Introduction to Comparative Politics
Thursdays 10:00 - 11:30, A701
The lecture provides a comprehensive introduction to the field of comparative politics. It discusses the most central questions covered in comparative politics, the underlying theoretical approaches as well as the analytical tools to study them. Some of the core topics are democratic and non-democratic political institutions and regimes; regime change; political participation and collective action; political violence; political economy and redistribution. The readings consist primarily of textbook chapters, but also include selected academic articles.
Prof. Dr. Nils B. Weidmann
Thursdays, 13:30-15:00, D 435
This colloquium is intended for Bachelor and Master students writing their thesis on topics related to violent and non-violent conflict and contention. The goals of the colloquium are for students to obtain feedback on their project and research progress, both theoretical and methodological, and to build up skills in scientific presentation and discussion. For the latter, we will emulate a conference setting, where students act both as presenters and discussants.
The Politics of Authoritarian Regimes
Espen Geelmuyden Rød
Thursdays, 11:45-13:50, D 431
Since the emergence of the first nation states, most people have lived under authoritarian rule. Yet, we know a lot less about authoritarian politics than about democratic politics. This seminar offers an introduction to authoritarian regimes. The seminar is structured into four main blocks. First, what is an authoritarian regime, what different types of authoritarian regimes exist, and how do they come into existence? Second, how do autocratic governments survive in power? Third, how does authoritarian rule influence domestic and international conflict? Fourth, what explains transitions to democracy? The readings for the course covers both classic and contemporary literature, with a particular focus on analytical and quantitative work. Therefore, it is required that students have completed at least an introductory course in research design and quantitative methodology.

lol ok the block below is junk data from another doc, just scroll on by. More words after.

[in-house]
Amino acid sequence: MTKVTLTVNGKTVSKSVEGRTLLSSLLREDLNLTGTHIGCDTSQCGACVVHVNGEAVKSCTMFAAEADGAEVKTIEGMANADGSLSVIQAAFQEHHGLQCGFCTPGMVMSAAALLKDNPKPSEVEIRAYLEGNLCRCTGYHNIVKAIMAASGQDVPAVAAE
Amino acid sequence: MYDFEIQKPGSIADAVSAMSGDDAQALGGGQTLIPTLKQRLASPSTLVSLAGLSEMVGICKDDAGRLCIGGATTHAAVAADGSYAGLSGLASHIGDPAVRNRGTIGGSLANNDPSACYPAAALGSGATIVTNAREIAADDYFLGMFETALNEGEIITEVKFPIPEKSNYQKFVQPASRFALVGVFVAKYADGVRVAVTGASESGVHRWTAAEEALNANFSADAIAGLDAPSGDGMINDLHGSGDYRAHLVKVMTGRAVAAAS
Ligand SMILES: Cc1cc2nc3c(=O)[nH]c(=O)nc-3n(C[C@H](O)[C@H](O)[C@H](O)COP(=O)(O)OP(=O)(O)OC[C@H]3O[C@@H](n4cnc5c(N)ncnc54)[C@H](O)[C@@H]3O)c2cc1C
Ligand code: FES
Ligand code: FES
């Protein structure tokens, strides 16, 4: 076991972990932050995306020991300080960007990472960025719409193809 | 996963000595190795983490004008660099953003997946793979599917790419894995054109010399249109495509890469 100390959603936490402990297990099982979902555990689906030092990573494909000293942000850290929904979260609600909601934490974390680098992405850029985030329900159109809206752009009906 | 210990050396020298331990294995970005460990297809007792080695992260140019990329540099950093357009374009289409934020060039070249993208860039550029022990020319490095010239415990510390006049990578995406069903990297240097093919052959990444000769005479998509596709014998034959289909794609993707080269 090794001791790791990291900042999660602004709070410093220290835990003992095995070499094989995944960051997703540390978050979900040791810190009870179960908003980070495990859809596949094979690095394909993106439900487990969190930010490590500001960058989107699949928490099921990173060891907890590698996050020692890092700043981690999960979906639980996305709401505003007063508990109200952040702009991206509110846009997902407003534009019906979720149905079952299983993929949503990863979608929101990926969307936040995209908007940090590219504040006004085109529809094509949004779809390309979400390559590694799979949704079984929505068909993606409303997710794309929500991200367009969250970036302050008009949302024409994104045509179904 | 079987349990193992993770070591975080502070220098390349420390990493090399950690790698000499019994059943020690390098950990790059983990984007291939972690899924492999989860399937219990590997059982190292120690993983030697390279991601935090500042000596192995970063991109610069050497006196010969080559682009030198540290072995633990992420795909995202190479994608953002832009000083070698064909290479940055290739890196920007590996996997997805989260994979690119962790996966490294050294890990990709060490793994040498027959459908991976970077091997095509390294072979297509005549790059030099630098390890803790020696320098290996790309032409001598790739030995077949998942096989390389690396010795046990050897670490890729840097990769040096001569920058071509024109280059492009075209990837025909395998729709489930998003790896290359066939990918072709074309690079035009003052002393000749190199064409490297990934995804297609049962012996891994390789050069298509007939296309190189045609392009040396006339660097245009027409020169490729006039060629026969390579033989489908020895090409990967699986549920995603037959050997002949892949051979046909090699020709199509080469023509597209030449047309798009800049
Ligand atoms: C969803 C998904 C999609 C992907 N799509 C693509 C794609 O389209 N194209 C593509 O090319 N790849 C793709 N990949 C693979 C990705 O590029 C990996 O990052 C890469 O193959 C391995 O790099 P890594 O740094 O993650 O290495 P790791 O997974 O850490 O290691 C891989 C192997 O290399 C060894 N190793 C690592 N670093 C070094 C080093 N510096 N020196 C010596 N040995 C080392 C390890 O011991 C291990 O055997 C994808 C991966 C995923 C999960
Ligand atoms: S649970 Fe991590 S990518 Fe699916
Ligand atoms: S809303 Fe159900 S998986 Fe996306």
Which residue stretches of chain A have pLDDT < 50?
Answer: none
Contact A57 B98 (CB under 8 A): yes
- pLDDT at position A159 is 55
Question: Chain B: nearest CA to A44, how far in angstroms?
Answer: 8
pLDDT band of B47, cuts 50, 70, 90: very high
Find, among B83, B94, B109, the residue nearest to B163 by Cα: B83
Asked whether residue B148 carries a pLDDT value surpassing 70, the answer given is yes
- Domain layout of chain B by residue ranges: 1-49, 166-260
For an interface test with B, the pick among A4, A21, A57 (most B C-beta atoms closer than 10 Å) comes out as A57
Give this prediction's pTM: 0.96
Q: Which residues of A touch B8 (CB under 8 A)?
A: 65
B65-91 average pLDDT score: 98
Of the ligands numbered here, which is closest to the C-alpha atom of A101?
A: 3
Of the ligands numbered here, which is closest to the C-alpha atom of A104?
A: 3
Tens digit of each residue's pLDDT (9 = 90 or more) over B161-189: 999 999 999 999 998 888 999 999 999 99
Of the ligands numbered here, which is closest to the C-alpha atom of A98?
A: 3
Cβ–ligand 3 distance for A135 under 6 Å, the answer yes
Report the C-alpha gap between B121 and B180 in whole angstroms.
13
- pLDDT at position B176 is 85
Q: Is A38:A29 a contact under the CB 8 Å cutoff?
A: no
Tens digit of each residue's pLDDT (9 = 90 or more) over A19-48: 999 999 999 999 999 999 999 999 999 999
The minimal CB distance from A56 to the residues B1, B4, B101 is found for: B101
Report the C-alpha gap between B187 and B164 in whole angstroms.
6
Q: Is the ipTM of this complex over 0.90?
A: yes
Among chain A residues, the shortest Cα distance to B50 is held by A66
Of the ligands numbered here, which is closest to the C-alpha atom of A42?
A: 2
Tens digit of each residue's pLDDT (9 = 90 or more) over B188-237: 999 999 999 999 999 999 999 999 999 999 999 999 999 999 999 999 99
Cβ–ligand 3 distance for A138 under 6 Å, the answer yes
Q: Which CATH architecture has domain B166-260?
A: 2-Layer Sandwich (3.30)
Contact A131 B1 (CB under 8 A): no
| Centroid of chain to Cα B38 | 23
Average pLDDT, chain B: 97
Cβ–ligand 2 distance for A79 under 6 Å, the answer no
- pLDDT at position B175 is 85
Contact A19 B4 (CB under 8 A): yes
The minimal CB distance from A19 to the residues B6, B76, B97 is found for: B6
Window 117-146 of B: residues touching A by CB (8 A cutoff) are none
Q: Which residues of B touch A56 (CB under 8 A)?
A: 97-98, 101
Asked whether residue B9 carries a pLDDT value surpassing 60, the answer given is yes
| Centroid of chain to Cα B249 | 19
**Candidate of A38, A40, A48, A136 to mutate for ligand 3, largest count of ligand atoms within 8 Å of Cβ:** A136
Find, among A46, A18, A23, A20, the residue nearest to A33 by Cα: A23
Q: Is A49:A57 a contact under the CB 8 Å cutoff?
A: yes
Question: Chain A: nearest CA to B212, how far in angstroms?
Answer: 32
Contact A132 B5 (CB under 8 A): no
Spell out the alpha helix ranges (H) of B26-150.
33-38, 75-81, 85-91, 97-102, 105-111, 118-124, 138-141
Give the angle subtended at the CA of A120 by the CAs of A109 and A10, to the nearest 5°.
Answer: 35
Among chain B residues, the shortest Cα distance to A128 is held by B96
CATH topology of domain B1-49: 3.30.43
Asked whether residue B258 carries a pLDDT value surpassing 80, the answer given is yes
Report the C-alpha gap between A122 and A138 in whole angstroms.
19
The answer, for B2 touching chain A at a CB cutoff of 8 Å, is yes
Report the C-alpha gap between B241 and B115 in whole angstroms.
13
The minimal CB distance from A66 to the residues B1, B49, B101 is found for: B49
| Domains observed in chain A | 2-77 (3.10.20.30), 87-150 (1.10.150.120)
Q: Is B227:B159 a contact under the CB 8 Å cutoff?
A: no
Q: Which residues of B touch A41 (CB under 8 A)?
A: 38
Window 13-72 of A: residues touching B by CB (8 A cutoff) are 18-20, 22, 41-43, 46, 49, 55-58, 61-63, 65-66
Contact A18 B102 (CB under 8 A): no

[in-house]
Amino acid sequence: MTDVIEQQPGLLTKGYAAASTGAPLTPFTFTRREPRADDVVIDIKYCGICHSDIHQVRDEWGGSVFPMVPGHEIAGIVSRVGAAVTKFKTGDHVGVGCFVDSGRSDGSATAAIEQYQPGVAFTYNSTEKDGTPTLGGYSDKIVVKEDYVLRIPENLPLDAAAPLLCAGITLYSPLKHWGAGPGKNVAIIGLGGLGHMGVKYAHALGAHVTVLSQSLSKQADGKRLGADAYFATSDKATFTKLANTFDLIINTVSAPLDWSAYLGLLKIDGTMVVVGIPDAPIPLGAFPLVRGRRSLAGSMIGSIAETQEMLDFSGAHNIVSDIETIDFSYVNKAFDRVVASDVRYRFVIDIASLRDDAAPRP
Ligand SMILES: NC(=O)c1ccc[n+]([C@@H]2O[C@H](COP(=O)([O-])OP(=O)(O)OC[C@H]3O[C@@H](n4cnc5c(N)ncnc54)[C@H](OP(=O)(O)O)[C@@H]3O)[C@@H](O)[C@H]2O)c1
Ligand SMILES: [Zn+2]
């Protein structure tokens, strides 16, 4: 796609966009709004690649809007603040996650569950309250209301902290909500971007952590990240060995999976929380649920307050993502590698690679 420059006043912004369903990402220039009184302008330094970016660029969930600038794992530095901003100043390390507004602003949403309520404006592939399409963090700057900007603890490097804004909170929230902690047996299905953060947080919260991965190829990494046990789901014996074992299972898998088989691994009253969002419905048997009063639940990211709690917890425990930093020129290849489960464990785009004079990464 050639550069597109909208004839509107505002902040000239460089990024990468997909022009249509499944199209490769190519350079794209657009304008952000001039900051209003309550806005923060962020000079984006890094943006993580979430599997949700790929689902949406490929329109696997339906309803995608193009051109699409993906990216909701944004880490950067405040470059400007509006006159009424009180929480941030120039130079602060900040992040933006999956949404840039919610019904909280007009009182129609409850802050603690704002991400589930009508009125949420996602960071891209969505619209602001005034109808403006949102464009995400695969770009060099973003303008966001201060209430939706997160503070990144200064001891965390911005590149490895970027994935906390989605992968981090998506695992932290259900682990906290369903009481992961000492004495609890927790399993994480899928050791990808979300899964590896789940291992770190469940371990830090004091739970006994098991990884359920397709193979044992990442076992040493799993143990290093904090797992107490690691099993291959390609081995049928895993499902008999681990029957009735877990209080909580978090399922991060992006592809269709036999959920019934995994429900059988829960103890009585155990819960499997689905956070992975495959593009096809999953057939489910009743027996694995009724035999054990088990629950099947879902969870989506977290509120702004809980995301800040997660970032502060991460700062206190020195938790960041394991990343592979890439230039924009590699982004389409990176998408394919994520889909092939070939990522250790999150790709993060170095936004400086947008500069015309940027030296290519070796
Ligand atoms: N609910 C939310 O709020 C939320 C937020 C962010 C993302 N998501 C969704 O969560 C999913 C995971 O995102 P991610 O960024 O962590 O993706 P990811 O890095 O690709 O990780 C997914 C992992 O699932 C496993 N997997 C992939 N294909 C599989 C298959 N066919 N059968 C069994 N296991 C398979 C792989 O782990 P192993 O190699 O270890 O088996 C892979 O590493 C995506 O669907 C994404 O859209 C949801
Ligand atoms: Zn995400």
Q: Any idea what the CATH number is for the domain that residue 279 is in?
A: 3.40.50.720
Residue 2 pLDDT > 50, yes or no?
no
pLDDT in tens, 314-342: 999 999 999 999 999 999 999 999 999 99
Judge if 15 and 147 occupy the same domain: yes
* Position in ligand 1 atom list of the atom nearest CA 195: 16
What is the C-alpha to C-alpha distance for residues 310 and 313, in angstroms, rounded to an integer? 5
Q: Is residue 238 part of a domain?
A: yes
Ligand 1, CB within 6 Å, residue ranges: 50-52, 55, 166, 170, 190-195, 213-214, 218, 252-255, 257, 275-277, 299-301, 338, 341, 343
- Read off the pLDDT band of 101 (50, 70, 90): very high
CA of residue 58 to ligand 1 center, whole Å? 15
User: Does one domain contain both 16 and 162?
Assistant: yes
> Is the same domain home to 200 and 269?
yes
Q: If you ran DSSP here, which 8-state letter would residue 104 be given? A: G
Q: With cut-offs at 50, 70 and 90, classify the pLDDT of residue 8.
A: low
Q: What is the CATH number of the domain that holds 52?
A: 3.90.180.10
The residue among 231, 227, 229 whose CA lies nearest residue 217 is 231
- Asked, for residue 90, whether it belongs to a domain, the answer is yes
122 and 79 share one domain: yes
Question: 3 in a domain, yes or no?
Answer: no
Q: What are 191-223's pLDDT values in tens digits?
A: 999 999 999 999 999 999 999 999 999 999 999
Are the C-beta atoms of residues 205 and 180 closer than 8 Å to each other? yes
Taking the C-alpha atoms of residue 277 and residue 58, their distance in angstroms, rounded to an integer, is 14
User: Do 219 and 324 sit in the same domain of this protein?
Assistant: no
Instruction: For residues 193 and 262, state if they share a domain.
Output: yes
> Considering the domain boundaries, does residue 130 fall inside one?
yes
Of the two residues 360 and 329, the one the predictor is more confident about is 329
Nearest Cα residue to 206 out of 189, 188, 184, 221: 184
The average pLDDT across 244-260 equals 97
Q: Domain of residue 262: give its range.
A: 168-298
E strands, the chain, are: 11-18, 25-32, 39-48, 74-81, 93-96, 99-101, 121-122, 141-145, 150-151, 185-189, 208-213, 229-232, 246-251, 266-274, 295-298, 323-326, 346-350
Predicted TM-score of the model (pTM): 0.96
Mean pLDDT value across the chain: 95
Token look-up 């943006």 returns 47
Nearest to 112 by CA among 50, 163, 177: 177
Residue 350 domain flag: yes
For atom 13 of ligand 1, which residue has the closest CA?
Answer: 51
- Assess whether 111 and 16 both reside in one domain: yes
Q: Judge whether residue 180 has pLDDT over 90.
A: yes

Introduction to Peace and Conflict Studies
Dr. Johannes Vüllers
Tuesdays, 13:30 - 15:00, D 247
The course provides an overview of the recent literature in the field of peace and conflict studies with a focus on intrastate conflicts. The first part of the course examines theories analyzing the outbreak of conflicts and available preventive measures. In the second part, the course focuses on the dynamics of violence, interaction between the conflict actors and conflict management attempts. The final part of the course discusses recent research on post-conflict countries, including UN peacekeeping operations and power-sharing institutions. Aside from the discussion of the main theoretical and empirical studies, we use the civil war in Nepal as prime example during the course to discuss the explanatory power of the different theories.
Contentious Politics and Social Movements
Dr. Johannes Vüllers
Tuesdays, 10:00 - 11:30, C 421
The course provides an overview of the classical approaches in contentious politics and social movement research. The first part of the course examines the main theoretical approaches of the field, including collective action, grievances, resource mobilization, framing approaches, and political opportunity structures. In the second part, the course examines theories on mobilization, collective identities, different types of protests, cycles of protest, state repression and the success/failure of social movements. In the final part, we discuss conceptual and empirical challenges (e.g. impact of information technologies, transnational social movements) of the field.